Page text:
A B.C. judge has rejected a bid by police to keep a blowtorch seized by detectives probing a July 2019 house fire that left a child dead and the victim's father under investigation for murder.
According to the ruling, the man — who lived in the house with his wife and two children— is also being investigated for the attempted murders of his spouse and the surviving child as well as arson with disregard for human life.
The blowtorch was the last piece of nearly 80 items of evidence remaining in police custody.
Nearly two years after the child's death, the investigation has still not concluded, M.P. is living in another province and no charges have been laid.
"There has been little by way of progress in the investigation, with gaps of months at a time in between various investigative steps," New Westminster B.C. Supreme Court Justice W. Paul Riley wrote.
"Considering all of this, my conclusion is that it is not in the interests of justice to grant an order for further detention."
'The direct application of a blowtorch'
The ruling, issued at the beginning of July, provides a window into a homicide investigation that appears all but stalled.
The exact date and location of the fire are redacted in order to protect the identity of the individuals involved.
"Members of the local fire department responded to find a number of people unconscious inside the house. Firefighters took note of a blowtorch in the house, and deemed the cause of the fire suspicious," Riley wrote.
The family members were all rushed to hospital. The father survived and was released from hospital with no lasting injuries.
The man's spouse "also survived but was left with no memory of the circumstances in which she ended up in the hospital," the judge wrote.
"One of the children was treated for injuries sustained in the fire and later released from the hospital. The other child succumbed to the effects of smoke inhalation."
According to the ruling, an Integrated Homicide Investigation Team member called the case complex: at least 30 police officers have been involved, including six IHIT investigators; outside experts have been called in; and a "key witness" — the spouse — "suffered a loss of memory and is therefore unable to give any account of the events under investigation."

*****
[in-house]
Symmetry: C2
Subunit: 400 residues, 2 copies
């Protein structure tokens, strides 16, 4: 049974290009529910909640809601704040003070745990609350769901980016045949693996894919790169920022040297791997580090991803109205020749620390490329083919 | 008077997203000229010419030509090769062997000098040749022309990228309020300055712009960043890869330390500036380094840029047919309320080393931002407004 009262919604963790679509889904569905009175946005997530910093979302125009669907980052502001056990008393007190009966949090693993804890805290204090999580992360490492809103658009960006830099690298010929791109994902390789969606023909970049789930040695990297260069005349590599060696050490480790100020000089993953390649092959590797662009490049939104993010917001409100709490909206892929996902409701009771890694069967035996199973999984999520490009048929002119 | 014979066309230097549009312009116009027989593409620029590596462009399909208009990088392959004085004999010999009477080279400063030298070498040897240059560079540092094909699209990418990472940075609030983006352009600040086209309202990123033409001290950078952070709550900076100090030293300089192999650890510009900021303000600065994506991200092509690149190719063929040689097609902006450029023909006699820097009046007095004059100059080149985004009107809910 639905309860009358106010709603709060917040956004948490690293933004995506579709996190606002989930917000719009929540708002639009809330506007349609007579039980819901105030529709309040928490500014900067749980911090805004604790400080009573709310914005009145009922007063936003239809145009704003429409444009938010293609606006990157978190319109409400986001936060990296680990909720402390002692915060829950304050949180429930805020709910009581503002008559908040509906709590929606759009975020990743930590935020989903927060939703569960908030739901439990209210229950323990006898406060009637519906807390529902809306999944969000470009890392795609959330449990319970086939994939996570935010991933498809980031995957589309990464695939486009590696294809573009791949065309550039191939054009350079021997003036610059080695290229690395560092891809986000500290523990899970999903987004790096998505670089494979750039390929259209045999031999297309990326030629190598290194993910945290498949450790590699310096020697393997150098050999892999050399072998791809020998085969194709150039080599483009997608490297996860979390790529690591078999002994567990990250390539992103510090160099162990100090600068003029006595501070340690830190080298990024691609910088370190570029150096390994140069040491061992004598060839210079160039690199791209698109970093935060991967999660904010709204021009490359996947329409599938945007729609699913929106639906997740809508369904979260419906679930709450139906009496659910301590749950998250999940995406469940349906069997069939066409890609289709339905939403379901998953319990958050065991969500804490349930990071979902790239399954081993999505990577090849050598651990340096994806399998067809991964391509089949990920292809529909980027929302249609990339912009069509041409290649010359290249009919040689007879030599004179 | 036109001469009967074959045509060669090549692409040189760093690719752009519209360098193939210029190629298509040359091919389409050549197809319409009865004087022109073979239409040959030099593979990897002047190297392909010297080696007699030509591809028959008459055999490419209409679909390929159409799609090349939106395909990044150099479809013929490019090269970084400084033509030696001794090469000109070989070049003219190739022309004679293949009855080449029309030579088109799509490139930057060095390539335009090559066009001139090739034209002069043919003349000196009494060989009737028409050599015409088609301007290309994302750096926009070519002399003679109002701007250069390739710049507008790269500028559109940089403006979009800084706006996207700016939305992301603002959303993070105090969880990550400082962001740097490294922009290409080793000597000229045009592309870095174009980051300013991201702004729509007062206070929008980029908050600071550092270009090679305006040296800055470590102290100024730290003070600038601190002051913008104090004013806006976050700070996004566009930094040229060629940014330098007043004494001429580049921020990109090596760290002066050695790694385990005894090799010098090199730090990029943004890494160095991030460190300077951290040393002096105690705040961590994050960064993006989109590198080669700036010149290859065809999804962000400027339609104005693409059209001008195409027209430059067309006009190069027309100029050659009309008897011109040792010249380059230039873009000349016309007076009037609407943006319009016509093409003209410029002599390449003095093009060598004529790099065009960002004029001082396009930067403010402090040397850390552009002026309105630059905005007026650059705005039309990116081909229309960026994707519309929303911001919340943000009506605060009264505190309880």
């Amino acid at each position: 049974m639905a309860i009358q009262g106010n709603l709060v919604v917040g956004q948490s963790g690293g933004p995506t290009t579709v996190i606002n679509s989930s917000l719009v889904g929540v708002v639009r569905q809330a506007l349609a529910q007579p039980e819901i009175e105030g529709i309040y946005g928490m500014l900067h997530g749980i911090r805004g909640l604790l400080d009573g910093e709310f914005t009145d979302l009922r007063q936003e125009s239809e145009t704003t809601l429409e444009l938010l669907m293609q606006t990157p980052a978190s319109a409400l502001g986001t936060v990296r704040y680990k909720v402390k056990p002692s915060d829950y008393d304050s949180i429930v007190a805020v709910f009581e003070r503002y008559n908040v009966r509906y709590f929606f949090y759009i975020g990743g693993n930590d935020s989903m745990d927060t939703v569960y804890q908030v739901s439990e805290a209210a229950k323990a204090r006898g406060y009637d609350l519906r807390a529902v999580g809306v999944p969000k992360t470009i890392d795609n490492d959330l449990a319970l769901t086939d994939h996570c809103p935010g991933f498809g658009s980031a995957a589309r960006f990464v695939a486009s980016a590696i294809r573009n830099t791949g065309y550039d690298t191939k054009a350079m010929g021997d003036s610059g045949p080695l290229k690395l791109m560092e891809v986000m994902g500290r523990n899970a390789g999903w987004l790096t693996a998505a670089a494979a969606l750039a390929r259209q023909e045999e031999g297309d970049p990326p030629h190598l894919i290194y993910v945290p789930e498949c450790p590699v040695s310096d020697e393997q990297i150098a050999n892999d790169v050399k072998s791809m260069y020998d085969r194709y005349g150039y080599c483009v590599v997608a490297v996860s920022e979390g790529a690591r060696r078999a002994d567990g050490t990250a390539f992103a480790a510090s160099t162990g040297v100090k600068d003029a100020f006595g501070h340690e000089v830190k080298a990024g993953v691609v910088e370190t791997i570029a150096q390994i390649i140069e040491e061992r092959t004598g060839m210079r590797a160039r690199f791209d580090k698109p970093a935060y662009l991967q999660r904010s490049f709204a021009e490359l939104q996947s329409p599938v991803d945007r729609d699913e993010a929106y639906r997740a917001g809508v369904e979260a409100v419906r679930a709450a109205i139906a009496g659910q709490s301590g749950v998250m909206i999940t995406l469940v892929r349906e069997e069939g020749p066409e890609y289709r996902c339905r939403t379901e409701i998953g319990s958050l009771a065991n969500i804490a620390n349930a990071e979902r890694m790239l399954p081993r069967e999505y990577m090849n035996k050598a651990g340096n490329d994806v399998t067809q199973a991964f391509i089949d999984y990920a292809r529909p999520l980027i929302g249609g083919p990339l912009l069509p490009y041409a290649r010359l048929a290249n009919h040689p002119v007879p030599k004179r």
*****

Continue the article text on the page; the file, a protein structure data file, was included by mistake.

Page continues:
In an affidavit, the IHIT detective said the father gave several interviews after leaving the hospital in which he said he did not know what had caused the fire.
Last year, investigators travelled to the province where the man now lives to get another statement.
"[He] said he does not know how it started, as he could only recall waking up in the hospital," the judgment says.
"When asked about the blowtorch, [he] said he had a propane torch for soldering, and that he kept it in a tool bag stored in the bedroom closet."
Police have tried to speak with the man's spouse seven times, but she has been unable to remember anything.
In May, police received a draft fire analysis report that claimed "the fire was consistent with the direct application of a blowtorch."
'A very serious matter'
Canadian law requires police to justify detention past three months of items that would otherwise engage the privacy and property rights of their owners. Once a person is charged, the evidence can be kept until the conclusion of the case.
In previous cases, police have argued they run the risk of tipping suspects off to the existence of investigations when forced to explain the reasons why they want to keep evidence past the time limits mandated by the Criminal Code.
In his ruling, Riley points out that the purpose of requiring police to make repeated trips to court to justify the further detention of evidence is not "to impose a timeline for the conduct of criminal investigations."
Instead, he says, it's to achieve "a balance between the societal interest in the investigation of crime on the one hand, and the property and privacy interests of individuals with an interest in things that have been seized in a criminal investigation on the other hand."
The IHIT detective claimed evidence might be lost if police were forced to give back the blowtorch, but Riley rejected that idea.
"The police have had the blowtorch for almost two years now, giving them ample opportunity to forensically assess it," he wrote.
"There is no evidence of any ongoing or pending forensic analysis of the blowtorch, and no suggestion of any further investigative avenues in that regard."
Crown counsel also argued that it was in the public interest to respect the request of authorities wanting to hold onto an item "used to start a fire leading to the death of a child."
The judge concluded by pointing out that it was the second time the police had come to the court looking for a one-year extension.
"The investigation of a fatal house fire is indeed a very serious matter, but it has not yet led to any charges, and none are on the horizon almost two years after the events in question," he wrote.
The ruling doesn't mean the blowtorch will be returned to the father. Riley said no one has applied to have it returned.